Tuesday, August 25, 2009

Mokuroku and Kaidensho e-Book

In 1993, I saw the catalog scroll (Mokuroku) given by Professor Okazaki to Sig Kufferath upon his graduation from the Kodenkan. Over the next three years, I set about the task of translating this and a couple of other scrolls. I also worked on translating the complete transmission certificate (Kaidensho) that I received at the 1993 Okugi class. (This certificate was identical to the one awarded by Professor Okazaki to a special black belt class in 1948.)  Since these documents were written in old-style Japanese, this was no easy task. Despite that I wanted to learn EXACTLY what these documents said.

In 1996, I published my book, Mokuroku and Kaidensho: The Official Documents of Danzan-Ryu Jujutsu. This book provided a line-by-line exposition of these documents including the following: 1. image of the line, 2. printed kanji version of the line, 3. Romanization of the kanji, and 4. direct translation of the line. This type of translation makes these documents accessible to anyone regardless of their knowledge of the Japanese language. This makes this a valuable book for any martial artist and an essential resource for students of Danzan-Ryu.

The current 4th edition is a vast improvement over previous versions including improved, cleaner kanji fonts, a rigorous overhaul, and new material about the Okuden and Koden techniques past those in the Mokuroku. In the new e-Book PDF format, the reader can easily search the document for any word or phrase. This is very valuable for any type of research.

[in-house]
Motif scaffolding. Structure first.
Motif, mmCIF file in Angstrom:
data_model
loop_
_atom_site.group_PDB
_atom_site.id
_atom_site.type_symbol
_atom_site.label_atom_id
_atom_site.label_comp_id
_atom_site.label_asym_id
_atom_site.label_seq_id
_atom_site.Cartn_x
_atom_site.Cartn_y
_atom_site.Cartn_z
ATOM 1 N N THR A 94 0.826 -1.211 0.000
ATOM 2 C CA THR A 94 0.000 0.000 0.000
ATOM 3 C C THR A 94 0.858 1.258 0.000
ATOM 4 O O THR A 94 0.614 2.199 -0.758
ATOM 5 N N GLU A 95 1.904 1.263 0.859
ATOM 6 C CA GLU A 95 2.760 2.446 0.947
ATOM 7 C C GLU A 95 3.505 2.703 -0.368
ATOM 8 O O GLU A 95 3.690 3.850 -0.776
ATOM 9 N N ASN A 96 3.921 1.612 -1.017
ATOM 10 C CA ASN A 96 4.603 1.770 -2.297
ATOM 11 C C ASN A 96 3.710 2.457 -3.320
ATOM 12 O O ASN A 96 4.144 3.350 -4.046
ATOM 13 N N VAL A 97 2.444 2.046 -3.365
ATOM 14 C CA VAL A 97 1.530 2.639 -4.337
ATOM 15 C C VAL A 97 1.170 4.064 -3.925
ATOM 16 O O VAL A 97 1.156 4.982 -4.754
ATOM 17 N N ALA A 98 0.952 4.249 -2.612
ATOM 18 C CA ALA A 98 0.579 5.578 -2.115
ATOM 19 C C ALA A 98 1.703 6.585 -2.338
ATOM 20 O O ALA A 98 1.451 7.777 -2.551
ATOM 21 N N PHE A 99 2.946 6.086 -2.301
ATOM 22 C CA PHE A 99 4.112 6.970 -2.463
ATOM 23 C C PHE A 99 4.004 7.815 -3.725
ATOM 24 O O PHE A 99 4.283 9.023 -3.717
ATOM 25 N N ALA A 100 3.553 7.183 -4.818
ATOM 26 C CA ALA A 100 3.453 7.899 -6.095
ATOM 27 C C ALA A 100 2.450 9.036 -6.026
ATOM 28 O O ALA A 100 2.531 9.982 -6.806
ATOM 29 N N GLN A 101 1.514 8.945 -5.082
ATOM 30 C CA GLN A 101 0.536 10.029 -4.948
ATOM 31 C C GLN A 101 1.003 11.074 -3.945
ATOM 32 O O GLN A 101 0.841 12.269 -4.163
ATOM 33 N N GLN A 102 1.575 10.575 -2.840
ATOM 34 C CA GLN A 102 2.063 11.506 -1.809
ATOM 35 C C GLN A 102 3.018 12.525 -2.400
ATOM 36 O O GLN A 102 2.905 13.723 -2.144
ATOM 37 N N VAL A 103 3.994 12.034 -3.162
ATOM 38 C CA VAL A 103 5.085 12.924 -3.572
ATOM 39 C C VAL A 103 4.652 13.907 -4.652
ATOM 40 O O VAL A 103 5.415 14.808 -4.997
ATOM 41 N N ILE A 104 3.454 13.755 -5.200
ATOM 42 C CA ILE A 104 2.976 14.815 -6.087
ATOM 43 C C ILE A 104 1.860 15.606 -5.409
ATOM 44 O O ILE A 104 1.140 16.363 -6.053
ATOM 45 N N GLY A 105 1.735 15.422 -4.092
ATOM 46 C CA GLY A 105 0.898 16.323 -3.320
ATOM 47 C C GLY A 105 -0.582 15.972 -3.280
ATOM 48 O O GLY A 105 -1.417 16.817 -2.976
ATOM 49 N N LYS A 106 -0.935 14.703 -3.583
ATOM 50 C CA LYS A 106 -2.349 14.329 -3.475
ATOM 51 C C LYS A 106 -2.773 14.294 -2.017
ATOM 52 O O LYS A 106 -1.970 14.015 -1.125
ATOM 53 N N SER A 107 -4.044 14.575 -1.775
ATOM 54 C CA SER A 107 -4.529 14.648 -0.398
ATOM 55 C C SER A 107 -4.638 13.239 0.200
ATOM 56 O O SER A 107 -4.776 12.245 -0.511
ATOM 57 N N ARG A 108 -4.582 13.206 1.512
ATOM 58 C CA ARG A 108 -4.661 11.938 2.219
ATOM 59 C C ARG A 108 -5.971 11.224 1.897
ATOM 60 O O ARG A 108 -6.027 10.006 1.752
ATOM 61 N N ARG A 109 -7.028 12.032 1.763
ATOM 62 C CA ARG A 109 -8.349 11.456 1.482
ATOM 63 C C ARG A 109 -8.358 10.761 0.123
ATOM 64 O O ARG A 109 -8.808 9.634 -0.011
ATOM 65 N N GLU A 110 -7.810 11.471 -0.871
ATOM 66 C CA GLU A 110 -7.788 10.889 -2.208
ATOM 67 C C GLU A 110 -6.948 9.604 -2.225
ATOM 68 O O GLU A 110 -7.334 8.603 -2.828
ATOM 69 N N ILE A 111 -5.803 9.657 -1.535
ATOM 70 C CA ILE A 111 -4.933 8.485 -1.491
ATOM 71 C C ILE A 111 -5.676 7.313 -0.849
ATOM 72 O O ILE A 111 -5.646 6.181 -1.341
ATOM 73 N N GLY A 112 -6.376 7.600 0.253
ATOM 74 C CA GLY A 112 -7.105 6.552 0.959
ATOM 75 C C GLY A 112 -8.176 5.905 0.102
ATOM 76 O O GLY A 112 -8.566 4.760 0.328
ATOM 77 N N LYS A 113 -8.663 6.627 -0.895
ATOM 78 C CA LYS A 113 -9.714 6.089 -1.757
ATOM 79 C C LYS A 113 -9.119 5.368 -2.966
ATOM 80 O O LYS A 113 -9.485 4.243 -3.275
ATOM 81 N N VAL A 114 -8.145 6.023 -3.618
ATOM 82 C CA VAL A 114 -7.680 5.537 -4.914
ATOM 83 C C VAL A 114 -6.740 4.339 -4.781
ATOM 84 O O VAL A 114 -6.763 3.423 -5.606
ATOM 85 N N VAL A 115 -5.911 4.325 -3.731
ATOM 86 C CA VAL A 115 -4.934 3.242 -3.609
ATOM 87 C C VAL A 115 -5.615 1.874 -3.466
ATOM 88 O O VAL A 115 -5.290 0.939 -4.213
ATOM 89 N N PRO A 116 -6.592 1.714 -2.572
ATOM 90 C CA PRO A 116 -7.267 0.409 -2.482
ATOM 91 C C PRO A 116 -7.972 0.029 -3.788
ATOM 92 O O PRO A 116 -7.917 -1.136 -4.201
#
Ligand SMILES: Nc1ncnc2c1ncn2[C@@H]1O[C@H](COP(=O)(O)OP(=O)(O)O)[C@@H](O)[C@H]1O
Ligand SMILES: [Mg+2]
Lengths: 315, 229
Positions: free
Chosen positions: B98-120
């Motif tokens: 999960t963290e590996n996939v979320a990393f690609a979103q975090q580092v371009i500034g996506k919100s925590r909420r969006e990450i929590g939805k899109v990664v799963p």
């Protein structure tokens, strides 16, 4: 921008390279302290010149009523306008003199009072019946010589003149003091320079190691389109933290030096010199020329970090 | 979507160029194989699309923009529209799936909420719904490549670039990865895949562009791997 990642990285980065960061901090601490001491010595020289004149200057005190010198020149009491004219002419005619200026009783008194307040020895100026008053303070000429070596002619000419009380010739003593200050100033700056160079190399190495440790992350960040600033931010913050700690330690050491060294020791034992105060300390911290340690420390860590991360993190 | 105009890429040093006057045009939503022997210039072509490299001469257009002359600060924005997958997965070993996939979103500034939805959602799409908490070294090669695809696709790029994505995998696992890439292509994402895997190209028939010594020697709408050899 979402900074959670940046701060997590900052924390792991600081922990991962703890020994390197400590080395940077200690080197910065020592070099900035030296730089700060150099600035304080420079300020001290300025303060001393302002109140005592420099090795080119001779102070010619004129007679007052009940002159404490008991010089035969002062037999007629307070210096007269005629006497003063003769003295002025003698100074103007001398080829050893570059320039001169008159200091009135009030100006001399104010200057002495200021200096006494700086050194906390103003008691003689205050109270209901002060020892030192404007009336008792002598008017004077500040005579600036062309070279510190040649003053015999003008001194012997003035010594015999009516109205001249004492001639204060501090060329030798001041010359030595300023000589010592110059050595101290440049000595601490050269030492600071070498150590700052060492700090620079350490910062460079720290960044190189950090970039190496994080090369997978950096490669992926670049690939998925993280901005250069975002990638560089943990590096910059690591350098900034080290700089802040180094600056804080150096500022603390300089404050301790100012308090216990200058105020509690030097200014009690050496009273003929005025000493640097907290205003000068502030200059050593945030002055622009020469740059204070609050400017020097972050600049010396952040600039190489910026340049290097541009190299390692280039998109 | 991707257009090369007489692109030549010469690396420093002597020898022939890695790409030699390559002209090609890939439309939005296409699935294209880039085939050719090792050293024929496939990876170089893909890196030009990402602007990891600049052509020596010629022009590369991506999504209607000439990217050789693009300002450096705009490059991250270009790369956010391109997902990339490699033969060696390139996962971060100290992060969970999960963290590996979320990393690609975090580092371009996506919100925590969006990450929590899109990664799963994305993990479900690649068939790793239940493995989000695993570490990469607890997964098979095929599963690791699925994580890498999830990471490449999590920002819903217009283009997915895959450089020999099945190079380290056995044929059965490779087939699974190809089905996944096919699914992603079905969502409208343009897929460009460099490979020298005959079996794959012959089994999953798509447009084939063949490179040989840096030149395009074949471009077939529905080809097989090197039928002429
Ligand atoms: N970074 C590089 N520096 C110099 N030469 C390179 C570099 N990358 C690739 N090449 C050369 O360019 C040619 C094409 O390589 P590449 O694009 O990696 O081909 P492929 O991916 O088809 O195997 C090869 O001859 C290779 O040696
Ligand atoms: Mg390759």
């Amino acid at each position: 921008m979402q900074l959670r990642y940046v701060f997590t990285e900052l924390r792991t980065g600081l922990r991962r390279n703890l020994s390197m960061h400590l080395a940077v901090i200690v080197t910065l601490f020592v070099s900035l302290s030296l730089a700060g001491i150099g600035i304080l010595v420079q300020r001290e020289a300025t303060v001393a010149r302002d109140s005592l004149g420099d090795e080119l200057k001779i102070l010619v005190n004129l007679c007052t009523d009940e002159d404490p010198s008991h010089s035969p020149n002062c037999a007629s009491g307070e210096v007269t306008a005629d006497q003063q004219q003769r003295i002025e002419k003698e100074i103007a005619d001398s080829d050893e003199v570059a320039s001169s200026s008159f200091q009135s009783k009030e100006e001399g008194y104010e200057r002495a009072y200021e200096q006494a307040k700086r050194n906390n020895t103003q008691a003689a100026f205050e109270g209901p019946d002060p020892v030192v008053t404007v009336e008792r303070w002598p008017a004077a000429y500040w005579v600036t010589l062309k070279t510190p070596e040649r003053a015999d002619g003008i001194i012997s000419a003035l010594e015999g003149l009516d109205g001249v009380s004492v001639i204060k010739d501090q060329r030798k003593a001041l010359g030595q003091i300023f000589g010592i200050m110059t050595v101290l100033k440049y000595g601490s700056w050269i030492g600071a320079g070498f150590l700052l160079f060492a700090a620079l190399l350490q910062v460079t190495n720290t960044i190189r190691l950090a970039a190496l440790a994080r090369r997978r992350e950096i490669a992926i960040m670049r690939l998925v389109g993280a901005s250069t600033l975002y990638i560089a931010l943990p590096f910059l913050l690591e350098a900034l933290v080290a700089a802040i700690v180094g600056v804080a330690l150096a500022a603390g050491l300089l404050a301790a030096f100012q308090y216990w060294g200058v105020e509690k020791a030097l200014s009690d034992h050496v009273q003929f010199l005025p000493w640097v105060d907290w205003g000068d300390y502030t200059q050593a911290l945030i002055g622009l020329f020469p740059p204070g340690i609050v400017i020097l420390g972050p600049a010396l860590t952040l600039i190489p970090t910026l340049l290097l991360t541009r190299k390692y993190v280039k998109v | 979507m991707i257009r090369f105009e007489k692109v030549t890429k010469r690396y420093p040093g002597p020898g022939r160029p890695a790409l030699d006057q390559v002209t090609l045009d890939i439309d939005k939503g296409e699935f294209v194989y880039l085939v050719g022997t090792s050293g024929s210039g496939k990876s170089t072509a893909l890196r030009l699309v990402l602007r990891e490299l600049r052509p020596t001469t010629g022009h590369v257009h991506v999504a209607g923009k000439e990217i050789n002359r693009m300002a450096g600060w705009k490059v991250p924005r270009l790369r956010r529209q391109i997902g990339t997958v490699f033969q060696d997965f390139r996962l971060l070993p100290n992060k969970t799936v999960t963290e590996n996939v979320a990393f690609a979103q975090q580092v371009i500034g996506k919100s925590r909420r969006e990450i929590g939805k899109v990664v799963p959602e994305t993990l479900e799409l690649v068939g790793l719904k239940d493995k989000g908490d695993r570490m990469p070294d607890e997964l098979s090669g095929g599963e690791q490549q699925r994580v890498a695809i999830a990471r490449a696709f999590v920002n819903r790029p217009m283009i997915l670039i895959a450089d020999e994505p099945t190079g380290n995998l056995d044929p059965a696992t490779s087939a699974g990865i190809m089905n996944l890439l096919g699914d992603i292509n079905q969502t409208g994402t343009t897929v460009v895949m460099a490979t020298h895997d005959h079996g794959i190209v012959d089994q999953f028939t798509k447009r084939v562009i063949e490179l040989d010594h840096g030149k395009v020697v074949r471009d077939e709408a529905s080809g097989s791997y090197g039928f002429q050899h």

I hope you will take advantage of the new discounted price of $27.00 for this updated e-Book.

Purchase it at: http://www.danzan.com/HTML/BUY/buymoku.html


Monday, August 24, 2009

Do we have enough techniques?

Teachers of Danzan-Ryū have sometimes been presented with the problem of having a student who has learned "everything". Specifically, the student has reached a level of learning where they have gone through all of the techniques for their rank. This presents the greatest difficulty when the student is a black belt at about the Nidan or Sandan level. The apparent problem is that the student will lose interest if they continuously are required to do the same arts over and over.

One way that teachers have approached this problem is to add requirements to, or "pad" their testing requirements. In some cases, this padding has come from other non-DZR martial arts (Karate, Judo, Aikido, Eskrima, or whatever.) Another way that this has happened in the past is for a teacher to create a new board and proclaim inclusion in Danzan-Ryū.

There are martial arts which contain only a handful of techniques and are very effective with their short curriculum. The proper approach (in this writer's view) is to do what the Professor laid down for us. The collection of techniques found in the boards should not leave us bored.